Justin Turner has performed well for the Mets, hitting .333 in 17 games.
It seems like each year, the New York Mets catch lightning in a bottle by finding one player whose performance goes far beyond what anyone expected.
Who will that one person be this year?
I think the answer is Justin Turner. Since he was called up on April 19, he has hit .333 with one home run and 12 RBI in 17 games.
Not too shabby, right? And those numbers are from a player who, prior to 2011, had a .114 major league batting average.
I realize that the sample size is small and there is a whole lot of season left, but thus far Turner has truly been impressive. Sure his average might taper off a bit, but I could still see him providing a solid stick off the bench.
Though minor-league success does not always mean success at the next level, Turner has proven that he can hit—on the farm, at least—as he posted a .316 batting average in 2010. And, notably, he was a Pioneer League All-Star in 2006 and a Midwest League All-Star in 2007.
Defensively, he is an asset due to his versatility. In 2010, for example, he spent only nine games in the big leagues, yet played three different positions. In the minors, he spent considerable time at second base, third base and shortstop, with a few games in the outfield to boot.
Unfortunately, prior to this year, he was unable to successfully carry over his minor league accomplishments into the big leagues. But this season, things seem to have changed.
Alas, and there is always an alas, if Turner does perform above and beyond what we expect, there is some bad news: these one or two surprises that crop up each year normally do not maintain their performance for more than a season.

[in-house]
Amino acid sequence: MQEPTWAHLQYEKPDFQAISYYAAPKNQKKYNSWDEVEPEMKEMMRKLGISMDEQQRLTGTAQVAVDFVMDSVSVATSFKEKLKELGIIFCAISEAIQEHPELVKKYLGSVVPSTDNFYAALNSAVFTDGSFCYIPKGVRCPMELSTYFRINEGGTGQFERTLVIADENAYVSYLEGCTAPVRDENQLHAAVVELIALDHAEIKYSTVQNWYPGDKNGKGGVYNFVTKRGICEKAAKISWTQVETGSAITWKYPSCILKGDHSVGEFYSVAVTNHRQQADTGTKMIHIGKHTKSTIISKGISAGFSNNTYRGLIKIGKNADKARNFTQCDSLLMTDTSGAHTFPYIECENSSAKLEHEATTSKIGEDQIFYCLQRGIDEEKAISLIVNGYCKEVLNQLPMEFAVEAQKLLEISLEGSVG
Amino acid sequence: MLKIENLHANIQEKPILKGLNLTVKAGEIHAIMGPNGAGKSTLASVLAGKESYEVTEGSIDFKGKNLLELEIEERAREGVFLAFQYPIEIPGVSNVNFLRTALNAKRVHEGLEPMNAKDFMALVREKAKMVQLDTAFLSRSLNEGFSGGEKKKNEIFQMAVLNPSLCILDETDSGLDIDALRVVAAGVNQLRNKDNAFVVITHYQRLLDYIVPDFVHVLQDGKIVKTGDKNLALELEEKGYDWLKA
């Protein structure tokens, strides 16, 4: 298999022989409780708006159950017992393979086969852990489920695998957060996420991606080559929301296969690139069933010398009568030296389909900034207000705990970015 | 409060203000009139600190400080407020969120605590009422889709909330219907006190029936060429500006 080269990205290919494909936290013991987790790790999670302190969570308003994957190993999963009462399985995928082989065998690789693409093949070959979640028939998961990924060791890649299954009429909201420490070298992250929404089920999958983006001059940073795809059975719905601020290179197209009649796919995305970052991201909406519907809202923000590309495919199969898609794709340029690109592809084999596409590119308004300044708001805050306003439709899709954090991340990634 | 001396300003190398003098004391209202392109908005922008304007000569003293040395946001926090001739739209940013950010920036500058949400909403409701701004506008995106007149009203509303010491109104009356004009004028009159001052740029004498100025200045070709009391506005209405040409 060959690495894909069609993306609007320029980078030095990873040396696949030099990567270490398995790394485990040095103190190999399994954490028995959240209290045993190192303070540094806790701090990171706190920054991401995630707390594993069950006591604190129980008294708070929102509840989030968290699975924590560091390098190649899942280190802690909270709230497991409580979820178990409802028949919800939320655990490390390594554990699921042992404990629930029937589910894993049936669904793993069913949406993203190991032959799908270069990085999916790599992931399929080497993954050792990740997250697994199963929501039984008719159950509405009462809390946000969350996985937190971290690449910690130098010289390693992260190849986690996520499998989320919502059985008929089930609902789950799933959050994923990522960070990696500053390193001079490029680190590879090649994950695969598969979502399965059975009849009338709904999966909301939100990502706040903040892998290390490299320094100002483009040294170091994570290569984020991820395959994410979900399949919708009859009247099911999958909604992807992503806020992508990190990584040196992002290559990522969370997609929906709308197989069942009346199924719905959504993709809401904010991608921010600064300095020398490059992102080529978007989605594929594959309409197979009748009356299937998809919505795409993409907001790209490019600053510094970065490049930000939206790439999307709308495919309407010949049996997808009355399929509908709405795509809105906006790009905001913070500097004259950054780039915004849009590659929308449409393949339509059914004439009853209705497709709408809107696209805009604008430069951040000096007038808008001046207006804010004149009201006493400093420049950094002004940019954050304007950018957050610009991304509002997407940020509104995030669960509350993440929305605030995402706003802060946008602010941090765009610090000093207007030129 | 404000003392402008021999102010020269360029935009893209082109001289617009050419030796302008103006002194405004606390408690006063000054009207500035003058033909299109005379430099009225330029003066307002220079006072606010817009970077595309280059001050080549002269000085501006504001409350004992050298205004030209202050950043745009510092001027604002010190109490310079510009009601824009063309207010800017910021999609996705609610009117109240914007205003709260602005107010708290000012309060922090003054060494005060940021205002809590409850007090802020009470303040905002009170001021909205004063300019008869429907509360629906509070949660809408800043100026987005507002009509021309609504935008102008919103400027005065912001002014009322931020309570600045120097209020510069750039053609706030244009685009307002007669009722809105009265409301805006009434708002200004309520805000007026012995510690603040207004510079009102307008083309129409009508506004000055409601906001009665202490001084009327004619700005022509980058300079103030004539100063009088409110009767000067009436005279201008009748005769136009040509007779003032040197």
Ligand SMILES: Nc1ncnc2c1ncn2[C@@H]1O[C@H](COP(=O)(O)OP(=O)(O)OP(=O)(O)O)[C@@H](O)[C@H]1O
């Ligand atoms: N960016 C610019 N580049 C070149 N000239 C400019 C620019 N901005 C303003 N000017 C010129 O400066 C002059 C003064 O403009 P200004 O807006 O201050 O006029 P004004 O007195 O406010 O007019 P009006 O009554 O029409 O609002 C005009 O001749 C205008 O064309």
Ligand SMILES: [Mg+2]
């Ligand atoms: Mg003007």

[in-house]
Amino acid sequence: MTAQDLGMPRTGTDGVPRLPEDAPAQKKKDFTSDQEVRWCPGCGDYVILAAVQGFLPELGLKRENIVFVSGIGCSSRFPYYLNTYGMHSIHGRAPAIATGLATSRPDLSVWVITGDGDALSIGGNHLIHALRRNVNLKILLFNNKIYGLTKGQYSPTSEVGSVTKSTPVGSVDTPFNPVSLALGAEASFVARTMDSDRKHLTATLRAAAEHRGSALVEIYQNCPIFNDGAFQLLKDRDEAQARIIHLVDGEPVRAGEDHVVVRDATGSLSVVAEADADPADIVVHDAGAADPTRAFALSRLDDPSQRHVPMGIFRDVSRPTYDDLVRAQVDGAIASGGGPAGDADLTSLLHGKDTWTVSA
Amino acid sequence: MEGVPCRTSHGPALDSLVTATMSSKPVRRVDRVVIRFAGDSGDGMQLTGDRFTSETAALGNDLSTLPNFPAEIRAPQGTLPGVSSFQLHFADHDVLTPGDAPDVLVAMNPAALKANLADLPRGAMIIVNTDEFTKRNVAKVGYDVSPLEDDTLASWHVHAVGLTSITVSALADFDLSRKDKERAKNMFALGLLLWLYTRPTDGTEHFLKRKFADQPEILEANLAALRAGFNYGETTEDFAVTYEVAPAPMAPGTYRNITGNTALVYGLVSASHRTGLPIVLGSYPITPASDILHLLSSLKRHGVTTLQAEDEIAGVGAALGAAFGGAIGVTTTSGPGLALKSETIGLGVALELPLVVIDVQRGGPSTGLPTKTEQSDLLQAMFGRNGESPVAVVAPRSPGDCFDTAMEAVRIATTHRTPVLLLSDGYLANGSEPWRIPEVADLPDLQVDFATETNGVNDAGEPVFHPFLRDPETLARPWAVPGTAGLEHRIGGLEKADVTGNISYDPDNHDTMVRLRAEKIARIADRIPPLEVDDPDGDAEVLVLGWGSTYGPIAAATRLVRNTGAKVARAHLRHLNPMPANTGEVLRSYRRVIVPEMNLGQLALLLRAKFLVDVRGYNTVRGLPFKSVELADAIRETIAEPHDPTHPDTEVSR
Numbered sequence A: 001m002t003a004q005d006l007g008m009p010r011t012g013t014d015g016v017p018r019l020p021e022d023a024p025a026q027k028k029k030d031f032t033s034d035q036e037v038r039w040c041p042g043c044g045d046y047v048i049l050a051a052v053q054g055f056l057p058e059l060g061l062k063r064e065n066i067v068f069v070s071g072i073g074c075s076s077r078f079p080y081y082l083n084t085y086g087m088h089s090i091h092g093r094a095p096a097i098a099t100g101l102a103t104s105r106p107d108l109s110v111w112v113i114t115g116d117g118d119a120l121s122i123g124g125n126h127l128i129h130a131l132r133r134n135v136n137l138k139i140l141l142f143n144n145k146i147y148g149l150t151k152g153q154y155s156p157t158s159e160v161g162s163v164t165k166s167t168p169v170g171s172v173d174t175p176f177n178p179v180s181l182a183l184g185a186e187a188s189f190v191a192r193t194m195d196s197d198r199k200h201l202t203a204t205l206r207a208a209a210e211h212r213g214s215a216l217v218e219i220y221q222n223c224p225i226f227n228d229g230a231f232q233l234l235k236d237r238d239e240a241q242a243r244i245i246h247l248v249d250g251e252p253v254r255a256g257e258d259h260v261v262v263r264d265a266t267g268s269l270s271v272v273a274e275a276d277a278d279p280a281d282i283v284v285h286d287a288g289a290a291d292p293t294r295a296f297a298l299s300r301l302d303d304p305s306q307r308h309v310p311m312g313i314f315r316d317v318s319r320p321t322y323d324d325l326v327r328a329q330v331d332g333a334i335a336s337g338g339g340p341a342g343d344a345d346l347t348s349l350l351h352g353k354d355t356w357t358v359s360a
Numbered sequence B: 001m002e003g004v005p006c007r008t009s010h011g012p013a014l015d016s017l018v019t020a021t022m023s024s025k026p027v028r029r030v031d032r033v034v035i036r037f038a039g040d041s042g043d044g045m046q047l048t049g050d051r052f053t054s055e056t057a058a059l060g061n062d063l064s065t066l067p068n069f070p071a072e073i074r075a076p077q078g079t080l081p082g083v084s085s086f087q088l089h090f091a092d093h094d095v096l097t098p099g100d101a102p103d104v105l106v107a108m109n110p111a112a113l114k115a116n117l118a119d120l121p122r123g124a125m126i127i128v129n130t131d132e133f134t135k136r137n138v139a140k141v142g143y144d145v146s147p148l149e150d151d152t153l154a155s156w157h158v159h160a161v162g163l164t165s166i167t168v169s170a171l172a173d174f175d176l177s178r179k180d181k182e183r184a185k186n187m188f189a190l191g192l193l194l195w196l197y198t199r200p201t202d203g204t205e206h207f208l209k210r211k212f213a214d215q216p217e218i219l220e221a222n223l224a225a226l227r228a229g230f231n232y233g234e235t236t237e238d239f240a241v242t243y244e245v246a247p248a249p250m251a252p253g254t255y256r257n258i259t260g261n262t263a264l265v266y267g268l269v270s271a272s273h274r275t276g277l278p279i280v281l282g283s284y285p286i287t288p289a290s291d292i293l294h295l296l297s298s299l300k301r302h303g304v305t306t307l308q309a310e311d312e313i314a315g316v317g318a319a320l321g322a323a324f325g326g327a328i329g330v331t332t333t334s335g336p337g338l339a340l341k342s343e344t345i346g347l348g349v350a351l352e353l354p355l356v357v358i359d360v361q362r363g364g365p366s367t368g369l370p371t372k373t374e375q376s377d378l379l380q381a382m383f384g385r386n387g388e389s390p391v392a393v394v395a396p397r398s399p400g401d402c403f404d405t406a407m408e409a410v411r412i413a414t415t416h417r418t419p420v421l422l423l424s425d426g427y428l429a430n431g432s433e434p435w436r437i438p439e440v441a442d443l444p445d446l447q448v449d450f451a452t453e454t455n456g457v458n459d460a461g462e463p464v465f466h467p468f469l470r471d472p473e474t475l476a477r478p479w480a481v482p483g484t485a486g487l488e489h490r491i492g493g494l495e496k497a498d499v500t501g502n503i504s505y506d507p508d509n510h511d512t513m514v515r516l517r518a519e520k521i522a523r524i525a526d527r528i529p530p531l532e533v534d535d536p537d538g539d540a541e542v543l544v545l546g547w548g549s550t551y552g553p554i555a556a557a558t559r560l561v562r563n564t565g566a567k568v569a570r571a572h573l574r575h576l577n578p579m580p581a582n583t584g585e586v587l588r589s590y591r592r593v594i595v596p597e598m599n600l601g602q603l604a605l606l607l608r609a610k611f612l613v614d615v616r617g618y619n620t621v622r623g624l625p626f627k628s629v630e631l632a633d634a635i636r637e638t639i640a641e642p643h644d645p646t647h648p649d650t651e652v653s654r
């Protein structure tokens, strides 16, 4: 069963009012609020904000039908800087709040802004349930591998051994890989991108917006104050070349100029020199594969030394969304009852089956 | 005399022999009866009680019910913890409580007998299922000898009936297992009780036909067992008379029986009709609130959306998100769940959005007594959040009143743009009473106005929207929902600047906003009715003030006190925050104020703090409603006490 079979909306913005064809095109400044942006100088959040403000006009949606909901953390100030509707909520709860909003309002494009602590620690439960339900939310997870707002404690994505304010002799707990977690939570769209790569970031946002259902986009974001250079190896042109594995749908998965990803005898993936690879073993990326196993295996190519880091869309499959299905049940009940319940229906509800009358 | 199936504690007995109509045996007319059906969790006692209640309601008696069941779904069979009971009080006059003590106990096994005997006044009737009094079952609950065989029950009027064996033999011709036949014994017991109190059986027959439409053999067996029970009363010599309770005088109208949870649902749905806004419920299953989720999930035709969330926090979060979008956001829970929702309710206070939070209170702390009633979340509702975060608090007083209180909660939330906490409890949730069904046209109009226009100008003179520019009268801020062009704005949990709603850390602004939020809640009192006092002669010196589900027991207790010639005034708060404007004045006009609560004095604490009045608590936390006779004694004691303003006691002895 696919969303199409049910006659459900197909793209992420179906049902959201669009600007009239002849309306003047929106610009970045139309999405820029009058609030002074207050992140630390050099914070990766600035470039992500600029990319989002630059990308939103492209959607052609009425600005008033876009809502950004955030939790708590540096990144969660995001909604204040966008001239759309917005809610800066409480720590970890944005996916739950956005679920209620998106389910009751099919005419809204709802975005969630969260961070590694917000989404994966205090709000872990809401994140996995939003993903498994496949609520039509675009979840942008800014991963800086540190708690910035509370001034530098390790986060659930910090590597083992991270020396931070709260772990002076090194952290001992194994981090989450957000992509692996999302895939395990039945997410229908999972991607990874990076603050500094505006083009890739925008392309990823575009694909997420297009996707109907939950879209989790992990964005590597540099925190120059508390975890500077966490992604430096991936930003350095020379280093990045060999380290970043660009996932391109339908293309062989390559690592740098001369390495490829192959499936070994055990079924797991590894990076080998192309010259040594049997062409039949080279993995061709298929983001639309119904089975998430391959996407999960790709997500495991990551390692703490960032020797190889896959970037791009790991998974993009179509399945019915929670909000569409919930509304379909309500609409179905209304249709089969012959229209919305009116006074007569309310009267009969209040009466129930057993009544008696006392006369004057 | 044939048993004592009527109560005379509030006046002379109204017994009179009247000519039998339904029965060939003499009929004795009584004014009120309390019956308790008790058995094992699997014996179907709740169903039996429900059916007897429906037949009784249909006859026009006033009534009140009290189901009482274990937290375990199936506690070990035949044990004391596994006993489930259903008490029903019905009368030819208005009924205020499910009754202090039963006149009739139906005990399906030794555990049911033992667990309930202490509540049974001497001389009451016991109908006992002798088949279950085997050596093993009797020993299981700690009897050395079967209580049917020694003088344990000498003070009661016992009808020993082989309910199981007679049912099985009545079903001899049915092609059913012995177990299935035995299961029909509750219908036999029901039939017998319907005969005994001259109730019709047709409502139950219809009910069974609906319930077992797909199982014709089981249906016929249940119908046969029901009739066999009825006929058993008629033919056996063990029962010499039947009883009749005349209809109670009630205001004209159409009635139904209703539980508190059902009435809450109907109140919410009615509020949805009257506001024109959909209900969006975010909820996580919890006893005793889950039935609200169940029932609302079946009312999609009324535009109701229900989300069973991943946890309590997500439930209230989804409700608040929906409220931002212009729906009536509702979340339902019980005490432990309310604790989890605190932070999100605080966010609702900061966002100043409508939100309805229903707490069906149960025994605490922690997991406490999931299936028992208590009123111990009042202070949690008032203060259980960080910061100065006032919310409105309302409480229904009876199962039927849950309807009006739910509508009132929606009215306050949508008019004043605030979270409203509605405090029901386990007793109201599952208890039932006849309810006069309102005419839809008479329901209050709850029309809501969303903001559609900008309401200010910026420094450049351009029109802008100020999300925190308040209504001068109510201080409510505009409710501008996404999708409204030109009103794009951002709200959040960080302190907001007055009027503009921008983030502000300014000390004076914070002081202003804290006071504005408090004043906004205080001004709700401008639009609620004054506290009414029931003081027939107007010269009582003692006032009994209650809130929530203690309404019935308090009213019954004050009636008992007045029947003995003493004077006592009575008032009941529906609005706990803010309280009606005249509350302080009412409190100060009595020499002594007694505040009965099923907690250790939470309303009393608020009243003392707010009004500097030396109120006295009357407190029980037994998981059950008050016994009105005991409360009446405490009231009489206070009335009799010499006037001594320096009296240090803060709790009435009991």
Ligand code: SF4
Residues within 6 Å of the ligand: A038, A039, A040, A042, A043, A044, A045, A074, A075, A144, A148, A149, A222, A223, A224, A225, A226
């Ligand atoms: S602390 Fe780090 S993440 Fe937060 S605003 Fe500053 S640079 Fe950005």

Indeed, it is truly difficult for these sudden, surging studs to keep it up into the next year.
For example, in 2010, R.A. Dickey surprised baseball by posting a 2.84 ERA in 27 games for the Mets, after never posting an ERA below 4.62 in any prior season. This year, he’s back to his old ways, as he is currently 1-5 with a 5.08 ERA.
Jeff Francoeur was traded to New York in July 2009 after batting .250 for the Atlanta Braves—and all he did was finish the year by hitting .311 the rest of the way for the Mets. Then the struggles returned in 2010 and he was shipped off.
As stated, it happens with almost all those, well, one-year wonders. They are those diamonds that, upon closer inspection, frequently turn out to be cubic zirconia.
But maybe Justin Turner will be different. Perhaps, he will continue his hot hitting and slick fielding through the end of this year and beyond. Perhaps, just perhaps, he will hit well into 2012 and the Mets might catch lightning in a bottle—twice.
They could not do it with Dickey or Francoeur or Jose Valentin (remember his 2006 season?). Desi Relaford, Jae Weong Seo and Eric Valent came and went. But Turner might continue to surprise, perennially.
I don’t know. Perhaps I am being too optimistic—I am already looking years ahead into Turner’s career and he has only played 17 games this season.
Perhaps I am just looking for a glimmer of hope in a season, barely a quarter over, that has already filled some Mets fans with doom, gloom and despair.
Or maybe, maybe, the lightning has struck and been caught once more—for Justin Turner has definitely shown some flashes of brilliance.